Pointing to the absence in Buddhism of a teaching of God the Creator, the saint explains this by the fact that in the Indian milieu of the time there was no precedent for obtaining the knowledge of this truth; and, “having arisen on the soil of Brahmin pantheism, Buddhism turned out to be powerless to renounce it.” In speaking of why Buddha himself cannot be equated with God, he writes, “True, Buddha appears with traits that are characteristic of God, but along with others like him there are an infinite multitude of buddhas, and each one has reached this blessed state through his own merits; each person, in turn, is faced with a great number of degrees of incarnation into a buddha. This ladder leading from man to the heights leads to a state of Buddha; but why not also extend it downward? Thus… the entire animal world is also equated with Buddha; moreover, the ladder goes even further downward: there are various of degrees of hell invented, which are inhabited by living beings, and they are also in contact with Buddha… Thus, the image of heavenly, earthly, and nether worlds is a huge laboratory in which the countless races of existence swarm, are born, re-born, and in the final analysis become buddhas.
St. Nicholas explains the teaching of transmigration of souls as “a misunderstanding of nature and its relationship to man, and an unconscious compassion for lower beings.” The practice of meditation aimed at altering consciousness the saint explains as the eastern man’s yearning for peace and inactivity: “Thoughts can also cause distress or trouble a person—therefore it is better if they as if stop and freeze in their flow; if, in a word, a person immerses himself in insensibility, unconsciousness, then he immerses himself in nothingness, but in fact an integral human existence has immersed itself. Such an unconscious peaceful state is called contemplation; to it is ascribed lofty qualities of directly leading everything and the power to control everything, inasmuch as in this state a person, having renounced himself, merges into unity with everything and can become the possessor of that with which he has merged. This state is promoted as the aim of everyone and everything; the buddhas are therefore buddhas because they have attained the possibility to at all times immerse themselves in this state, and that is considered their most exalted blessedness.”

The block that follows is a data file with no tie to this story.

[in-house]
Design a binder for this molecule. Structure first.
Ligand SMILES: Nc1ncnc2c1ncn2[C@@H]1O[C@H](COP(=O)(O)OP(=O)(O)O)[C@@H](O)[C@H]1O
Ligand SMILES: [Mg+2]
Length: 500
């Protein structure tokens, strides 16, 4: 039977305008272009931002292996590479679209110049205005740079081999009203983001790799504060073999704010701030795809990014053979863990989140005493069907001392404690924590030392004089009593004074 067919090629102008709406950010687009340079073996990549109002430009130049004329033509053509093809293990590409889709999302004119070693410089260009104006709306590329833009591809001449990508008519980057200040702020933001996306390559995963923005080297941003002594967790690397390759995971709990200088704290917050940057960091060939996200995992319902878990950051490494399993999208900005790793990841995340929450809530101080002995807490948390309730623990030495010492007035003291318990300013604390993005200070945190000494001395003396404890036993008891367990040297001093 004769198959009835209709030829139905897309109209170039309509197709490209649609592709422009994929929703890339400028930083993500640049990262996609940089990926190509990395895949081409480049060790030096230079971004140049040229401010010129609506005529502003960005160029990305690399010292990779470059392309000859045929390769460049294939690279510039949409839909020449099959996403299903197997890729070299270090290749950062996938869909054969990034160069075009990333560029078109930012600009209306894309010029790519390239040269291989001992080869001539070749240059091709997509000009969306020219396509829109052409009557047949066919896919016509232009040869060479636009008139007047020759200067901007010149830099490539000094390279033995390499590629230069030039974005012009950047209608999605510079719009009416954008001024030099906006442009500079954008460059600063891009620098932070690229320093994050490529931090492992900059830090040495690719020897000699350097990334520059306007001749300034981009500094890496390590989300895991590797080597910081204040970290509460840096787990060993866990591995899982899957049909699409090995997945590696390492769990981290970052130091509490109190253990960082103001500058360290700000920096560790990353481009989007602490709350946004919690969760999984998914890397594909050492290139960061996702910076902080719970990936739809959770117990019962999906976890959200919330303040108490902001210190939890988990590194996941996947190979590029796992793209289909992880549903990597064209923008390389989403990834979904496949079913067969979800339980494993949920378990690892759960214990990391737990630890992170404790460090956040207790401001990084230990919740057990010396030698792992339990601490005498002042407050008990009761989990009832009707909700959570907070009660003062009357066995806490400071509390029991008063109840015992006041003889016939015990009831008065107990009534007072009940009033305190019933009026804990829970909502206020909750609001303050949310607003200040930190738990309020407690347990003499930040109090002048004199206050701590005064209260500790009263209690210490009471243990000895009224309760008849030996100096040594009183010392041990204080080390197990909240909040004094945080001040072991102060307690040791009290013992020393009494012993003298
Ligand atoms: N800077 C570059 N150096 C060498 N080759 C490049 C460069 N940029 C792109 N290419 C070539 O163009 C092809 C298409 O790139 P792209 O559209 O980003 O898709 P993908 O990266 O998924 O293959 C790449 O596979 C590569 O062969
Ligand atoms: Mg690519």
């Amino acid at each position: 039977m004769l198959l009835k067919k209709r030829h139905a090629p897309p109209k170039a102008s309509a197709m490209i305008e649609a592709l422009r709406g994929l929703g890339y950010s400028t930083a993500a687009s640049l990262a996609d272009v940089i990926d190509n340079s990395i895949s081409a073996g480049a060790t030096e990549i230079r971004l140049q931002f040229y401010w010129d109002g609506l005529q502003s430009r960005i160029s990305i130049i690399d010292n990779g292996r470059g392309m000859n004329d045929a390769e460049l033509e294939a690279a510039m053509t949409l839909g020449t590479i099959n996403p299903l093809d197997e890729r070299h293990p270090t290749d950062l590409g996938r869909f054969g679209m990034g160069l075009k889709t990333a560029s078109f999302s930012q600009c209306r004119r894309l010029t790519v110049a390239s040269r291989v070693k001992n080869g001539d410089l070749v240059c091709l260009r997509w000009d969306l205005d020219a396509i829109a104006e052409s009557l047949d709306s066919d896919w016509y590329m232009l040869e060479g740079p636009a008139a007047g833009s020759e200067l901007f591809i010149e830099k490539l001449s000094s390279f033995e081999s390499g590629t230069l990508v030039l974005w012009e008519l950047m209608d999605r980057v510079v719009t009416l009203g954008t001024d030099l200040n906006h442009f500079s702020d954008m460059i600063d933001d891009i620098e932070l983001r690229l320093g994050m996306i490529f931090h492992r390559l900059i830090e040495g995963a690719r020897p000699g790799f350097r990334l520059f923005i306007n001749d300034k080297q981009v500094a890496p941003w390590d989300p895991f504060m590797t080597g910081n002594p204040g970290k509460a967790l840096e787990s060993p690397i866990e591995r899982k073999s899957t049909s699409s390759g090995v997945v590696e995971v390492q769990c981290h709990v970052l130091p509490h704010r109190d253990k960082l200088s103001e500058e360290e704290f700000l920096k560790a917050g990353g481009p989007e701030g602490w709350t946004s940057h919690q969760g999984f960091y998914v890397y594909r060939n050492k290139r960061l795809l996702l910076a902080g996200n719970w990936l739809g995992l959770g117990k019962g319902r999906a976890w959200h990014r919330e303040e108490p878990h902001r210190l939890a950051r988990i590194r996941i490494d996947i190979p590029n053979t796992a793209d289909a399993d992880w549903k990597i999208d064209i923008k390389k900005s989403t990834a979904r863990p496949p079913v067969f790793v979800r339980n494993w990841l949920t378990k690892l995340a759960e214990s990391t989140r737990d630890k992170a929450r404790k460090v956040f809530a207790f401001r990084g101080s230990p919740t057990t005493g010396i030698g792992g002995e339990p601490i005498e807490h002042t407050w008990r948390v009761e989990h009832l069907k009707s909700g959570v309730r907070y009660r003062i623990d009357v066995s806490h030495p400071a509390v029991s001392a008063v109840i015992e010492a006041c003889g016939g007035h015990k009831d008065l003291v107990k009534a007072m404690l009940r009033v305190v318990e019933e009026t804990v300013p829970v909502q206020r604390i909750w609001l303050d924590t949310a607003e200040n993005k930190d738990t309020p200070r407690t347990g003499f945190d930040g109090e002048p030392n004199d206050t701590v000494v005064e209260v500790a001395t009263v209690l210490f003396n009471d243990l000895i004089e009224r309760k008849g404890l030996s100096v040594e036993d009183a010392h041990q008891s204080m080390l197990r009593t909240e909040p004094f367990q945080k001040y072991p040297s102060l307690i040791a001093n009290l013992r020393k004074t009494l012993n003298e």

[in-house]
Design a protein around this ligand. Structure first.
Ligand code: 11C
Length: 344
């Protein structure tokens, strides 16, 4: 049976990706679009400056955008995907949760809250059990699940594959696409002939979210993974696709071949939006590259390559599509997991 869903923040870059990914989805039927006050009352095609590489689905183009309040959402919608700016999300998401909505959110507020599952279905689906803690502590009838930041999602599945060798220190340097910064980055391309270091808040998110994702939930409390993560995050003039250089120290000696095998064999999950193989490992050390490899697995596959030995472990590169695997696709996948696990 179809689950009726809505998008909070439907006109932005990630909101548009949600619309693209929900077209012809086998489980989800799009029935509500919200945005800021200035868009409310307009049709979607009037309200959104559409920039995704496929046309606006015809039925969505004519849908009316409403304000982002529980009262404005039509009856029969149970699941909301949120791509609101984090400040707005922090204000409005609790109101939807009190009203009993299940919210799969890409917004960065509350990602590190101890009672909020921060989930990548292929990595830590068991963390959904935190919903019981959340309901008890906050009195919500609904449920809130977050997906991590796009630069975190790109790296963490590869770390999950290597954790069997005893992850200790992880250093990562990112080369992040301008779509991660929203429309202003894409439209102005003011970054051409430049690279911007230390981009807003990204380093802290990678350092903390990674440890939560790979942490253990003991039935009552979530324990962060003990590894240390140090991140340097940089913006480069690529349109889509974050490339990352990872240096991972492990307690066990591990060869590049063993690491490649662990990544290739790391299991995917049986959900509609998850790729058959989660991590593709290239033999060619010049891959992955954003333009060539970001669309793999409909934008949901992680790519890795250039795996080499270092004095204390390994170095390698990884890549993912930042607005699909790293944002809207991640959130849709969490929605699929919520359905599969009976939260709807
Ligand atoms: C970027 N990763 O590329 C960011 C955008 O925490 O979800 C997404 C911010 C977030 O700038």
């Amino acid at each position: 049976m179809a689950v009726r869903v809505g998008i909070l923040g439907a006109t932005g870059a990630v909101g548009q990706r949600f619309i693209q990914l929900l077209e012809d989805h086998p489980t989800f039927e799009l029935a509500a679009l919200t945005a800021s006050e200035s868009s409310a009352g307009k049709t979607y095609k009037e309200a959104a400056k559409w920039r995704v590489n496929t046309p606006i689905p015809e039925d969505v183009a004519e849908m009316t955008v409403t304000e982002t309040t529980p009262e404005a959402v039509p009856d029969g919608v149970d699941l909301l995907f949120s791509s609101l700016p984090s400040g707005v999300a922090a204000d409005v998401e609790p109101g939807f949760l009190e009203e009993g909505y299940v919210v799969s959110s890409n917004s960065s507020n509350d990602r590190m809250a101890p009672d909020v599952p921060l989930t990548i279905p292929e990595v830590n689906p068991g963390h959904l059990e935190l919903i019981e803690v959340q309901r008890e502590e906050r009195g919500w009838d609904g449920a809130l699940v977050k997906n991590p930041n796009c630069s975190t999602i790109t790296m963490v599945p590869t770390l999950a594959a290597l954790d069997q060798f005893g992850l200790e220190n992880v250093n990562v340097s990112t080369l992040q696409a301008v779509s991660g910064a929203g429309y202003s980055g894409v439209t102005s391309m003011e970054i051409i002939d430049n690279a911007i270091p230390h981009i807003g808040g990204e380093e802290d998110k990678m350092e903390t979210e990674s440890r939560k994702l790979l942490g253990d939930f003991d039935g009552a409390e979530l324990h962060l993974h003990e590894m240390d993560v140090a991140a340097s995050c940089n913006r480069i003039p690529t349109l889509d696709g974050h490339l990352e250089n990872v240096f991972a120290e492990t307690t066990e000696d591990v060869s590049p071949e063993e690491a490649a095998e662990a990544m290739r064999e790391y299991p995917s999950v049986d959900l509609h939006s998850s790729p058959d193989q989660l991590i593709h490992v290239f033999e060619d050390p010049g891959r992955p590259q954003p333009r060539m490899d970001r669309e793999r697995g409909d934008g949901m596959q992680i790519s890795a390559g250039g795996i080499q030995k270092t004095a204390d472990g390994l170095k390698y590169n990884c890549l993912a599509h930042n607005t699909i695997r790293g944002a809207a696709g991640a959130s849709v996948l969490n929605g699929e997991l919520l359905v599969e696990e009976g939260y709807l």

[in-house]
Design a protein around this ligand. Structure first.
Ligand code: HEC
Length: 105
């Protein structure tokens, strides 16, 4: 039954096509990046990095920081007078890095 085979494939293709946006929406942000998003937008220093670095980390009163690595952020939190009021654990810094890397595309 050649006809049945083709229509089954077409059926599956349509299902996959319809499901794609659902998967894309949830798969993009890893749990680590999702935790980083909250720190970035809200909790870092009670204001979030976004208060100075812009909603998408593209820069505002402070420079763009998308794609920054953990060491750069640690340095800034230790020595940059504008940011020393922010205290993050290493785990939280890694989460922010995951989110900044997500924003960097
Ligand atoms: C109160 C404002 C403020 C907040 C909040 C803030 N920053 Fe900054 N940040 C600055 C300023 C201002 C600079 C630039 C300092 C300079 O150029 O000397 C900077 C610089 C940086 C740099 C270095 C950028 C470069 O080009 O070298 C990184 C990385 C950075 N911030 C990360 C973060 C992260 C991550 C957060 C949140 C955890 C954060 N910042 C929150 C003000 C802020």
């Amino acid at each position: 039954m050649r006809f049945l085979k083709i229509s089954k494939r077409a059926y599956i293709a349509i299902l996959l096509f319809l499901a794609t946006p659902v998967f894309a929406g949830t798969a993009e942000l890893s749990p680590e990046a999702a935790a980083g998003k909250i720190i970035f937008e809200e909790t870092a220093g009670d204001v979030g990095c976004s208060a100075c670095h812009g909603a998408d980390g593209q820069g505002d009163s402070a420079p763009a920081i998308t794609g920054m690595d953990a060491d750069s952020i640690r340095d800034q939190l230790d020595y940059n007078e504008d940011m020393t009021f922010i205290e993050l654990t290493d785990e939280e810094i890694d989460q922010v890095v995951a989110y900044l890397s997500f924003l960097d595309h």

The saint also writes that “Buddhism created for its followers rules of morality, which amaze at times by their purity and austerity, at times by their monstrosity; it created also monstrous and most unbelievable legends and wonders.”
The hierarch describes the more important schools of Japanese Buddhism. The first of them he determines as the school of Zen, which, “as a sect that came from China, it likes to boast of its correctness and purity.” He defines Zen teachings as “the preaching of self-mortification for the sake of attaining the capability of contemplation,” and he emphasizes that “here a person takes it upon himself—only through Buddha’s example and not through his co-operation—to attain the highest blessedness”, and he must exercise himself in meditation and observe “the most austere prescriptions concerning food and outward behavior.”
St. Nicholas truthfully observed Zen’s characteristic inclination toward yogic practices; however, he did not reflect upon such a characteristic particularity of the teaching on the transmittal of a state of “awakening” directly from the teacher to the disciple, “using neither oral nor written instruction.”